His representatives said in a statement: "Kesha abandoned her meritless case against Dr Luke more than three years ago. The only remaining lawsuit is Dr Luke's case against Kesha for defamation and breach of contract. Dr Luke is pursuing this lawsuit to seek recovery for the serious harm Kesha's false accusations of rape have caused Dr Luke, his family and his business".
The statement concluded: "Dr Luke looks forward to the trial of his case where he will prove that Kesha's other false statements about him were equally false and defamatory".
Kesha's team is expected to appeal the summary judgement.
Taylor Swift signs publishing deal with Universal
Swift's new publishing deal sees her leave Sony/ATV, to which she had been signed since she was fourteen. It also sees her reunited with a former exec of the Sony-owned company, Troy Tomlinson, who became CEO of UMPG Nashville in July last year.
Ignoring poor Troy and bigging up his bosses instead, Swift says in a statement: "I'm proud to extend my partnership with Lucian Grainge and the Universal Music family by signing with UMPG, and for the opportunity to work with Jody Gerson, the first woman to run a major music publishing company. Jody is an advocate for women's empowerment and one of the most-respected and accomplished industry leaders".
But don't worry. She doesn't forget to namecheck old Troy entirely. "Troy Tomlinson has been an amazing part of my team for over half my life and a passionate torchbearer for songwriters", she adds. "It's an honour to get to work with such an incredible team, especially when it comes to my favourite thing in the world: songwriting".
Woah! Songwriting? I thought Swift's favourite thing in the world was gambling on mahjong games. Oh well, I guess it's true what they say: you really do learn something new every day. Anyway, she just gushed about some people, so we should probably let them gush back.
"We are honoured to welcome Taylor Swift to UMPG", says Gerson, the boss of the mega-major's songs business. "Using her power and voice to create a better world, Taylor's honest and brave songwriting continues to be an inspiration to countless fans. We look forward to further amplifying Taylor's voice and songs across the globe".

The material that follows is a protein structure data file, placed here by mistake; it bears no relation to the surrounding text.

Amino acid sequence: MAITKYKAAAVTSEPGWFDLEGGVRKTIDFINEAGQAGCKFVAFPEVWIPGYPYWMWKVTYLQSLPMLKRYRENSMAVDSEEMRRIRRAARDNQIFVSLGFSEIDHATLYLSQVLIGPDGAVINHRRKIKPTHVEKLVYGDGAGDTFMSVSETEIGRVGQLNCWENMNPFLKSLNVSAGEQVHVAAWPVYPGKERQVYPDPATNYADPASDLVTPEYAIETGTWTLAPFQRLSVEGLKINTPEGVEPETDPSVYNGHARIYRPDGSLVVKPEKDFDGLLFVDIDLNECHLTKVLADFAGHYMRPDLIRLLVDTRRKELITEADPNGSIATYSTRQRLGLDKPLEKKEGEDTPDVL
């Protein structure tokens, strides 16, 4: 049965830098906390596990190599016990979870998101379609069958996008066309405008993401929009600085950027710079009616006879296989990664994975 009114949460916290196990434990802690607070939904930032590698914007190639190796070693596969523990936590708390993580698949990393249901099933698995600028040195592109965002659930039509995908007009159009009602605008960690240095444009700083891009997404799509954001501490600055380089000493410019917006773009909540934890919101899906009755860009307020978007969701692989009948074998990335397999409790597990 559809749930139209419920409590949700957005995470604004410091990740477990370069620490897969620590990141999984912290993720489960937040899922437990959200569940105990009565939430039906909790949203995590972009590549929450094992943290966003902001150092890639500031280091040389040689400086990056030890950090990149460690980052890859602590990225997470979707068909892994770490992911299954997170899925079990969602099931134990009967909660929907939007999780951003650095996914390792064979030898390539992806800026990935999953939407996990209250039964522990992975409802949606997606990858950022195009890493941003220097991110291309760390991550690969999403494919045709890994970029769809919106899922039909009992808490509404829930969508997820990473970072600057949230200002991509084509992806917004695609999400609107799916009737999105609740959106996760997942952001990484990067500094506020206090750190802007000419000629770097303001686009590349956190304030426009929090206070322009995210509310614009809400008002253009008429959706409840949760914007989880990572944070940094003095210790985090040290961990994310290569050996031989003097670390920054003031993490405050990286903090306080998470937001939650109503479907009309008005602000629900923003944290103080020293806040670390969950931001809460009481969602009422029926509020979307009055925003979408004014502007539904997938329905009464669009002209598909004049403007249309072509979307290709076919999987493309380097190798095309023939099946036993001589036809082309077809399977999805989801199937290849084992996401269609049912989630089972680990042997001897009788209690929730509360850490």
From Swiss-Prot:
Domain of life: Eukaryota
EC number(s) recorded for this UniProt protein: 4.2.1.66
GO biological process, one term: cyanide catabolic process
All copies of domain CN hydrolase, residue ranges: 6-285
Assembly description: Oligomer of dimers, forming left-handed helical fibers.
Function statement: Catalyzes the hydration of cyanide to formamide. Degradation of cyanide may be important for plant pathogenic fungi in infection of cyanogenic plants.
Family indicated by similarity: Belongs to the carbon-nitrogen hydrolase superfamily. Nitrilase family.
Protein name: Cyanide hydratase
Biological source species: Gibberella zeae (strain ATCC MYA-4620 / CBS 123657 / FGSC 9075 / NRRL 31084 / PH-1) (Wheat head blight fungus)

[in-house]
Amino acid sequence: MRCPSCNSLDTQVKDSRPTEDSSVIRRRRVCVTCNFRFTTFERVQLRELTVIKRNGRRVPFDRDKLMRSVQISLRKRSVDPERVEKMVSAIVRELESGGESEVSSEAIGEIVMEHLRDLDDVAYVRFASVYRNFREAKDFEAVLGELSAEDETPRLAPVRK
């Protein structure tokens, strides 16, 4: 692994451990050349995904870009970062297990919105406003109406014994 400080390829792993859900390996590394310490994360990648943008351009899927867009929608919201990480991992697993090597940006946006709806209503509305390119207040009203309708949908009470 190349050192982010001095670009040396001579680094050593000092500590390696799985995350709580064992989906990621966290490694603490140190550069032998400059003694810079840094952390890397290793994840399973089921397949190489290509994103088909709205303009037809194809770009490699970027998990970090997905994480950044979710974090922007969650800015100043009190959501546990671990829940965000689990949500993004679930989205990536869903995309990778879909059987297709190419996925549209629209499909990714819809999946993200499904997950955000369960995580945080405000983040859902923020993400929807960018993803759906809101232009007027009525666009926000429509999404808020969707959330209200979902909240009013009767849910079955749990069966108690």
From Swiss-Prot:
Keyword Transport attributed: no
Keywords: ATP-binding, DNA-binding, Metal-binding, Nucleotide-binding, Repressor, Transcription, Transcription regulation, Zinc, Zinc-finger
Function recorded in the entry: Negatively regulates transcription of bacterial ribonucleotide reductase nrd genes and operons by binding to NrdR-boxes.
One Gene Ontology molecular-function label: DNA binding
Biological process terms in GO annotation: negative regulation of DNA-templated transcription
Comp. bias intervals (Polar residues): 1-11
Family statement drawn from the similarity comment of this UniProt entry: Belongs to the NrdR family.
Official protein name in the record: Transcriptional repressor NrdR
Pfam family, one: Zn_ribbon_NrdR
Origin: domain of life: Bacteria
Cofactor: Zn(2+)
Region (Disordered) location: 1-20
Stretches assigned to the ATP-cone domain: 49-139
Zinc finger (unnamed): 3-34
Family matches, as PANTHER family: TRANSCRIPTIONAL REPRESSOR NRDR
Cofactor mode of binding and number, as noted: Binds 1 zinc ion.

Tomlinson adds: "I've had the distinct pleasure of working with Taylor since she was fourteen years old, and she still amazes me daily. The true definition of a multigenerational artist and songwriter, Taylor's songs, vision and unwavering determination have always been an inspiration. I am so happy and so proud to continue representing Taylor and her music, and I am confident that UMPG will be the best, most creative partner in providing unparalleled opportunities for her songs".
Swift, of course, signed a new record deal with Universal's Republic Records in 2018, with her first album for the label, 'Lover', following last August. The agreement saw her depart indie record company Big Machine, which was originally set up in order to sign her. The split was not entirely amicable, of course - particularly after the label was bought by the aforementioned Braun. She still plans to re-record her Big Machine era hits to spite Braun et al.
It remains to be seen if she now has any Sony/ATV grievances to air, although the nature of modern publishing deals in the US means that's less likely. Also, she'd basically be dissing Tomlinson, who is both her former and current publishing ally.
Musicians' Union backs Kier Starmer as new Labour leader
"I'm honoured to have the Musicians' Union's backing to be the next leader of the Labour Party", says Starmer. "The Union has a proud history of standing up for musicians and defending their rights at work. As Labour leader, I would want to work shoulder-to-shoulder with our trade unions to unite our movement and take the fight to the Tories".
MU General Secretary Horace Trubridge adds: "The MU is delighted to be nominating Keir Starmer for Labour Party leader. Keir has been a strong supporter of the campaigning we have done over the last two years for proper provision of working visas for musicians to tour the EU after we leave and has always shown a real understanding of the issues facing our members".
"The MU is also very happy to be nominating Rosena Allin-Khan for the position of Labour Party deputy leader", he continues. "Rosena is a musician and former member of our union and is passionate about all children and young people having access to free music education. She has also been a great supporter of musicians whilst working on the shadow DCMS team".
The winner of the election to take over from Jeremy Corbyn as Labour leader will be announced on 4 Apr.
Jack Garratt announces new album of "dance music for people who don't want to go out"